How to Crush Your 401(k) Goals in 2022

If you want to go the extra mile toward your retirement goals this year, contributing to a 401(k) is something to consider. It’s one of the most prized possessions of many retirement savers.

Unfortunately, many plan participants have no idea if they are getting the most out of their 401(k). This could be dangerous when it comes to retirement planning. You could wake up one day and realize you don’t have enough money tucked away in your 401(k) for you to retire comfortably.

If you have a 401(k) or are considering contributing to one this year, here are a few tips to help you make the most of your account.

Image source: Getty Images.

Define your long-term vision

When you’re planning for retirement, it’s important to develop a vision of what you want your life to look like during your golden years. Then you can estimate the costs and determine what steps you should take now to achieve that goal.

Let’s say you want to travel around the world and take on passion projects during retirement. How much would that cost? Once you have your big number, you can determine if you are saving enough money in your 401(k) to help you achieve that goal.

Determine your contribution goals

Now that you’ve developed a vision and identified potential costs, it’s time to think about saving money toward that goal. How much money do you need to save for the next 10, 20, 30, or 40 years?

Before you start your calculations, remember that the 401(k) comes with annual contribution limits. If you haven’t turned age 50 yet, you can contribute up to $20,500 from your pay in 2022. But if you’re 50 or over, you get a special annual catch-up contribution of $6,500, bringing the maximum contribution to $27,000.

Be strategic about your annual contributions. You can contribute the maximum or another amount that makes sense for you. If you’re 35 and want to contribute the maximum, you can tuck away approximately $854 every two weeks to achieve your goal in 12 months. But if you want to fast-track your success, you can choose to contribute a higher amount — say, about $1,500 biweekly — to max out your 401(k) within seven months.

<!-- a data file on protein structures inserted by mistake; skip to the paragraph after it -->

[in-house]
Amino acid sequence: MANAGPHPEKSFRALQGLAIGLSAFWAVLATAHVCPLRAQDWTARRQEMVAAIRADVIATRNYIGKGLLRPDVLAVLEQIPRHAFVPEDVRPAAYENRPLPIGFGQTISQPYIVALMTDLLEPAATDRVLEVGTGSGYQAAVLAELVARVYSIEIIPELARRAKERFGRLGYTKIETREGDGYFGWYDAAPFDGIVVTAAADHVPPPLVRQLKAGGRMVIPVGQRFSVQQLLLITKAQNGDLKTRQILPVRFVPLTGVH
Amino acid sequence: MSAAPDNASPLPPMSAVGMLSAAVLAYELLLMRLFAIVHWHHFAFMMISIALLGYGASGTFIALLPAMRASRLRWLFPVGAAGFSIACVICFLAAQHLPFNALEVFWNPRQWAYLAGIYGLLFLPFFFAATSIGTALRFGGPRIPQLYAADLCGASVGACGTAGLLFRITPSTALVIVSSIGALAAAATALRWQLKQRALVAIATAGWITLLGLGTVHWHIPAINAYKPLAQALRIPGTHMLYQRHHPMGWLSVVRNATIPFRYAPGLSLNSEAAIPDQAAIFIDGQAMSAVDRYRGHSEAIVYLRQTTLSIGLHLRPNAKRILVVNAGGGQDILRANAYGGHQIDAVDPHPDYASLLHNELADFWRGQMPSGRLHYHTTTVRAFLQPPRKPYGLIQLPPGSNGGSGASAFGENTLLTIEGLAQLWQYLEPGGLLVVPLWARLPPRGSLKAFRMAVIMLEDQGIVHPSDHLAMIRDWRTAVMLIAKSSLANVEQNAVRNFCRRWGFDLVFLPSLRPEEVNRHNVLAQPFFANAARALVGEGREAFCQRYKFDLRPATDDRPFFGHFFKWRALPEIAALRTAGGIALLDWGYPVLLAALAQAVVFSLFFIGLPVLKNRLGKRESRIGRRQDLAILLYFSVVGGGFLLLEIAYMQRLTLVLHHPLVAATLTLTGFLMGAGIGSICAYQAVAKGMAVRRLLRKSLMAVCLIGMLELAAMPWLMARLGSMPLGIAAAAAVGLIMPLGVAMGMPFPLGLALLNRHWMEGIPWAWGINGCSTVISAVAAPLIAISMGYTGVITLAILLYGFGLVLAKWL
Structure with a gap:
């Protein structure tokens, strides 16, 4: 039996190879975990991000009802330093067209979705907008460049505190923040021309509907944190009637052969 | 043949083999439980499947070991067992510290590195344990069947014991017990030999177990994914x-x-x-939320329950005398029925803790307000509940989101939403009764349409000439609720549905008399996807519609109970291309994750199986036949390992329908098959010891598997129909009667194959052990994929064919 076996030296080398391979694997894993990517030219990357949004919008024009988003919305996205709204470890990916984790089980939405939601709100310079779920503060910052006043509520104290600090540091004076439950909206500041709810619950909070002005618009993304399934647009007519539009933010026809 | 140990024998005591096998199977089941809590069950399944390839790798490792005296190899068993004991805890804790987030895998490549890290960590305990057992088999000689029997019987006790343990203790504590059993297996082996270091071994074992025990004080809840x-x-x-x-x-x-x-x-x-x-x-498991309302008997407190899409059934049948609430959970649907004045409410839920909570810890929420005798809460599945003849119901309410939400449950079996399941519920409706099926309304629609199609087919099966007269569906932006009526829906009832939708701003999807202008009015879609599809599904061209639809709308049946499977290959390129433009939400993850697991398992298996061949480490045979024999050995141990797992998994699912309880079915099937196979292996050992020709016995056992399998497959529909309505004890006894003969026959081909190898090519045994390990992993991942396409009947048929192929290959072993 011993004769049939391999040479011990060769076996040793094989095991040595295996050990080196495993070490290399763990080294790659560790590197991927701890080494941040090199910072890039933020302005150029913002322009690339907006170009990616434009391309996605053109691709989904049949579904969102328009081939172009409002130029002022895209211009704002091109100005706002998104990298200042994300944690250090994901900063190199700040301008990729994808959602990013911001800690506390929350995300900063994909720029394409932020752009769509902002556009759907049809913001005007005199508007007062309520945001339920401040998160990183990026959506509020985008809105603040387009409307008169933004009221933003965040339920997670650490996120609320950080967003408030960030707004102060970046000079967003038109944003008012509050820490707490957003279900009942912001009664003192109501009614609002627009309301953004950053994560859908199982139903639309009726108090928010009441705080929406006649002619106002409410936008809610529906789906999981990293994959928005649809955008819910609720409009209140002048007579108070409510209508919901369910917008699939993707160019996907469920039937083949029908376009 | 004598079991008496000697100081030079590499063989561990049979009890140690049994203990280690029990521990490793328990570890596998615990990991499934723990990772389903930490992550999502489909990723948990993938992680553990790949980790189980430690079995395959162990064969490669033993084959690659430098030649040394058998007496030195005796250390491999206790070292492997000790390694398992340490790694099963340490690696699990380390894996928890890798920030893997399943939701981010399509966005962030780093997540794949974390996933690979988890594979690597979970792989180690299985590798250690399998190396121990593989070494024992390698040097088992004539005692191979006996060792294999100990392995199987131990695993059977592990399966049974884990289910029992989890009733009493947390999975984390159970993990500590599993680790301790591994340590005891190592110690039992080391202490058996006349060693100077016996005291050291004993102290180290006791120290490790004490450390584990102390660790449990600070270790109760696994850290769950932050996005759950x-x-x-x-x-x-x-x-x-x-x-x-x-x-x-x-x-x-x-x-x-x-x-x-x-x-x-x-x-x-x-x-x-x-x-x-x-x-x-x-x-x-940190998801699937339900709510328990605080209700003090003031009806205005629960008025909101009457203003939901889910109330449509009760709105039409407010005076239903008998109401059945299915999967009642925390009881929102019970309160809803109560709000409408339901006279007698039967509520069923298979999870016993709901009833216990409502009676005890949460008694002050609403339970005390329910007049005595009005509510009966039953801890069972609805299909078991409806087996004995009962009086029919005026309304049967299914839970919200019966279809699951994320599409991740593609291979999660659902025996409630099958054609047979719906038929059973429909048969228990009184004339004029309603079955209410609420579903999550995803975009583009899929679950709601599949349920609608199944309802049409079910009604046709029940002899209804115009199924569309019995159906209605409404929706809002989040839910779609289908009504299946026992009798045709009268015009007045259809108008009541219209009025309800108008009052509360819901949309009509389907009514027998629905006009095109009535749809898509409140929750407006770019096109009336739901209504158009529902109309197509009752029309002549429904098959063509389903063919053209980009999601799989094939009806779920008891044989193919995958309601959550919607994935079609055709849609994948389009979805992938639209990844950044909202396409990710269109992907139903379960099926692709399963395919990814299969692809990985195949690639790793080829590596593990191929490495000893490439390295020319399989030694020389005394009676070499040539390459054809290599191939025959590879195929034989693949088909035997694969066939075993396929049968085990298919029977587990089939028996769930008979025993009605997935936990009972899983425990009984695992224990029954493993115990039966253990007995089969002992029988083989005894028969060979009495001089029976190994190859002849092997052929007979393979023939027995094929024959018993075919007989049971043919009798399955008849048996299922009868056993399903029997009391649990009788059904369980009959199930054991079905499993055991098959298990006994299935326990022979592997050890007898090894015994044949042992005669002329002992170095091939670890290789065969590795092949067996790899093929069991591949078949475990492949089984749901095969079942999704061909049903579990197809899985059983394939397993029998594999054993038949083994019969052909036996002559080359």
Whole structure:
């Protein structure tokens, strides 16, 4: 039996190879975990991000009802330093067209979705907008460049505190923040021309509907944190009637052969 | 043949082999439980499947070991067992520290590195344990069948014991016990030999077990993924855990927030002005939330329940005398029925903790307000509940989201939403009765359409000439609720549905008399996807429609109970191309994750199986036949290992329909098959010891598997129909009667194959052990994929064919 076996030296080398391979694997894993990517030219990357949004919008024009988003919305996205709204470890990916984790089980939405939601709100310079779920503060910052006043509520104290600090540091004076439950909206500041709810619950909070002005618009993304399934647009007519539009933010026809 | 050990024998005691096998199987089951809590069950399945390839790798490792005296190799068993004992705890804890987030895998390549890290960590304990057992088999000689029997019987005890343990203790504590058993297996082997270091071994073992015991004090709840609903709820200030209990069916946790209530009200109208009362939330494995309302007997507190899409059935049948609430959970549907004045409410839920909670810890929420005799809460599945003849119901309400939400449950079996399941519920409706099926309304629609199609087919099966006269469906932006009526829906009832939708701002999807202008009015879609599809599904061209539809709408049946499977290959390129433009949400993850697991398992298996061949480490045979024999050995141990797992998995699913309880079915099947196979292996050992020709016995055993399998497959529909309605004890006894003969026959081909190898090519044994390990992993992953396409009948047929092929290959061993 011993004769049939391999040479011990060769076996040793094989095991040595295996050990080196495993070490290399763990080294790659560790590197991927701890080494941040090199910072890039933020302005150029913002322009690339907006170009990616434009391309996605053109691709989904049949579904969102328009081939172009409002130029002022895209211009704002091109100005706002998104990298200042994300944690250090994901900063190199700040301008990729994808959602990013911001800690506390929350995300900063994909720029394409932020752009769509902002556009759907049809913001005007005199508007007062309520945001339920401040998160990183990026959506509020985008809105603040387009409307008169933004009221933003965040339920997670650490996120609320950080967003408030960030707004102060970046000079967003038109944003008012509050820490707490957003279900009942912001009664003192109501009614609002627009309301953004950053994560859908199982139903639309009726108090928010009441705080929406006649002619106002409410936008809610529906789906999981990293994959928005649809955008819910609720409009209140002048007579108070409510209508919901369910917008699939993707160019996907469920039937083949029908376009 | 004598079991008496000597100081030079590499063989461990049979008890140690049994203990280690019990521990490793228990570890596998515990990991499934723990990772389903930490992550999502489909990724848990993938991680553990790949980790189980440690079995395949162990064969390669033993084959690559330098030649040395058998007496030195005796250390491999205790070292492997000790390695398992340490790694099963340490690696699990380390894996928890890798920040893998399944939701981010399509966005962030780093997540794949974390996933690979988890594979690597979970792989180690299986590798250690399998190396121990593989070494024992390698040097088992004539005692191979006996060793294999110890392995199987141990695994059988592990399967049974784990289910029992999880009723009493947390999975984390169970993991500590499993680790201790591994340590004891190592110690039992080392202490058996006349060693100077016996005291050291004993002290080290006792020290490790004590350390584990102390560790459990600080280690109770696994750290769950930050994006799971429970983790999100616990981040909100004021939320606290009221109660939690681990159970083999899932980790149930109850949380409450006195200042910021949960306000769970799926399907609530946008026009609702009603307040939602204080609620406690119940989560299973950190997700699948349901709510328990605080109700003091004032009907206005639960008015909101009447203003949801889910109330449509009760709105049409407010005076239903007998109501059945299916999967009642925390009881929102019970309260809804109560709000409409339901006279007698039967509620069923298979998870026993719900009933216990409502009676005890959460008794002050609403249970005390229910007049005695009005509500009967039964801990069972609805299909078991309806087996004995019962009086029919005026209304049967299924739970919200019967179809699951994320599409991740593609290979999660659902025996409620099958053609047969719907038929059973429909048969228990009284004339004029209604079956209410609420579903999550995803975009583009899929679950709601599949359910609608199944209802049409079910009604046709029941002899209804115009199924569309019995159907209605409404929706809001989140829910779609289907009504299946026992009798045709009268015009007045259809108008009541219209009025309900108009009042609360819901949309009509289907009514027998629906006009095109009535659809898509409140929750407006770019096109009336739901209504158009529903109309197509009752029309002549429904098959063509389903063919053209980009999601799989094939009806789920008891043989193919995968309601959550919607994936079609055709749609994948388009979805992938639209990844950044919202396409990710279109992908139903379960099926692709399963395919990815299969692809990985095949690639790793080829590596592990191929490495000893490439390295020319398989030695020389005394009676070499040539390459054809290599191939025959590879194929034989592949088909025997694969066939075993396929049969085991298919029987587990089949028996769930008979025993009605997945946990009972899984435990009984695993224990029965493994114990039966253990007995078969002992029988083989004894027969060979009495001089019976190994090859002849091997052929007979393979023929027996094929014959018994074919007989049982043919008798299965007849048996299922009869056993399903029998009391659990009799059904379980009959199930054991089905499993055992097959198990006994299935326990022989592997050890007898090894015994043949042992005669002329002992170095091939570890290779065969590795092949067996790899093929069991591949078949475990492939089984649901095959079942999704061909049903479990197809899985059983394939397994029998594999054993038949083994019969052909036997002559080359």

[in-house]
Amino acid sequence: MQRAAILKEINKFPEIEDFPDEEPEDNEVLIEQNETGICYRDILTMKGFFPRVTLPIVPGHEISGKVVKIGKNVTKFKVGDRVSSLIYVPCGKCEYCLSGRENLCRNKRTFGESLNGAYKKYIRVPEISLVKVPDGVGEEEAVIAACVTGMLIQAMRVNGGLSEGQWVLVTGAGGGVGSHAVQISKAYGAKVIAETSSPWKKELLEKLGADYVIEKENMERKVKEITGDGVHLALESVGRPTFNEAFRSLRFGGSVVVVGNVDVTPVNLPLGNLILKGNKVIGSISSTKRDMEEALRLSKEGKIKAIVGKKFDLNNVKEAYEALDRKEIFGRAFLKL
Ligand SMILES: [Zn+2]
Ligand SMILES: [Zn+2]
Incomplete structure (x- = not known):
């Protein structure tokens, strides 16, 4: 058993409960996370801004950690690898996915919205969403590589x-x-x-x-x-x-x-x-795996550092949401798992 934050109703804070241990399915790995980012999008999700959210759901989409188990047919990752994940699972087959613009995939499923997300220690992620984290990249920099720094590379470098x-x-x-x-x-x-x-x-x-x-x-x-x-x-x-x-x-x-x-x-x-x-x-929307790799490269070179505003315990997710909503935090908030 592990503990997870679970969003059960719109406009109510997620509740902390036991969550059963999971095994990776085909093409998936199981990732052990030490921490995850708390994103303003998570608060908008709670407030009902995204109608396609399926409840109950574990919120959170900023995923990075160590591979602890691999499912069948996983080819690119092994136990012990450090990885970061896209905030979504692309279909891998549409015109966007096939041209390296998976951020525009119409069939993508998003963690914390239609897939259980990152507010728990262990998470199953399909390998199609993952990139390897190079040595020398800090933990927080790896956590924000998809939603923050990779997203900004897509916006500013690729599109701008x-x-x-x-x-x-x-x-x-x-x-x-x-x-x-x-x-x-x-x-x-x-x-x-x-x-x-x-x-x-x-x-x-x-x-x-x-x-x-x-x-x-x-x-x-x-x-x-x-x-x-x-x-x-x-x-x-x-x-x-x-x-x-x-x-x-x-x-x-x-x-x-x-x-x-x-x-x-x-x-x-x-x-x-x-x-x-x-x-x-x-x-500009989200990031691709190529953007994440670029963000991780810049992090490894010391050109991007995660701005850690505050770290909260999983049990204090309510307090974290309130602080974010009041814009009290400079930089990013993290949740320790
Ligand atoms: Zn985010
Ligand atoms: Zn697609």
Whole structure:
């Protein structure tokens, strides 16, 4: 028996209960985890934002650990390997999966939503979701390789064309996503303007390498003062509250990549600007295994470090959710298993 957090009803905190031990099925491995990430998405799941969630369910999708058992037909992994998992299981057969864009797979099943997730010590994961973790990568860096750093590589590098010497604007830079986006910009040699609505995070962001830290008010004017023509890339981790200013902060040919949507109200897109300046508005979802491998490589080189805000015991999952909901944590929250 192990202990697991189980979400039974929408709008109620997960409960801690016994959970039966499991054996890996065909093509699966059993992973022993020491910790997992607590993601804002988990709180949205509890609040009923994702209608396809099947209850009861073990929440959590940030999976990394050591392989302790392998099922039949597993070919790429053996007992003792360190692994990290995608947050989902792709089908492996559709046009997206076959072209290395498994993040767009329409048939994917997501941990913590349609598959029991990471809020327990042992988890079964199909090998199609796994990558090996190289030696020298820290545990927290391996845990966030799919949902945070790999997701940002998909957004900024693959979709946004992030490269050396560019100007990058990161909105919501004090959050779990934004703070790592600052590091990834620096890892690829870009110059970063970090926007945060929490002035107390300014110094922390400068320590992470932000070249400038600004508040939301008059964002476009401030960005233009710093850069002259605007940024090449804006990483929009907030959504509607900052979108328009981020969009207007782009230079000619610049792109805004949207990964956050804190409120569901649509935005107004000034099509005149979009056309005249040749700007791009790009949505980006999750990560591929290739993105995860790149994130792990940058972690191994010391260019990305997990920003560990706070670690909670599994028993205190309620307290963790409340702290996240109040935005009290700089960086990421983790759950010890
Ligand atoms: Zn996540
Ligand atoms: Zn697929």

You may not be alone on your 401(k) contribution journey. Your employer may give you extra money if you decide to feed your 401(k). That’s called a matching contribution.

Let’s say your employer agrees to match 50% of your contributions, up to 6% of your salary. Imagine you earn $90,000, and you contribute 6% of your salary, or $5,400 for the year. A 50% match means you would receive an extra $2,700 from your employer without doing more work.

Choose your investments carefully

The money that is automatically deducted from your paycheck to fund your 401(k) must be invested to grow. Here’s where it can get a bit tricky.

You might receive a menu of options to choose from, including:

Mutual funds
Bonds
Index funds
Target date funds

It may be tempting to fill your 401(k) with conservative investments to reduce your perceived risk. However, this can hurt your long-term growth potential. You should review the investment choices, research the average returns, and align your investments with your risk tolerance and age.

If you need help, don’t be afraid to consult with a financial advisor. It’s also a good idea to check on your account every year to ensure your portfolio allocation makes sense for your goals.

Plan for your 401(k) success

The keys to crushing your 401(k) goals are to plan ahead and make educated decisions. This retirement account is loaded with benefits you don’t want to miss out on in 2022. Every dollar you contribute to your 401(k) can lower your taxable income for the year. In addition, you get to stash more money away for retirement.

Although a 401(k) might be a good start to retirement savings, it probably won’t take you to the finish like alone. That all depends on how much you invest, the performance of your investments, and your time horizon. As you put money away into your 401(k), think about other accounts that can serve as a companion on your journey. After you’ve crushed your 401(k) goals, you can look into an account like a Roth IRA (individual retirement account) to unlock even more retirement benefits.

10 stocks we like better than Walmart
When our award-winning analyst team has an investing tip, it can pay to listen. After all, the newsletter they have run for over a decade, Motley Fool Stock Advisor, has tripled the market.*

They just revealed what they believe are the ten best stocks for investors to buy right now… and Walmart wasn’t one of them! That’s right — they think these 10 stocks are even better buys.

See the 10 stocks

Stock Advisor returns as of 6/15/21

The Motley Fool has a disclosure policy.

Leave a Reply

Your email address will not be published.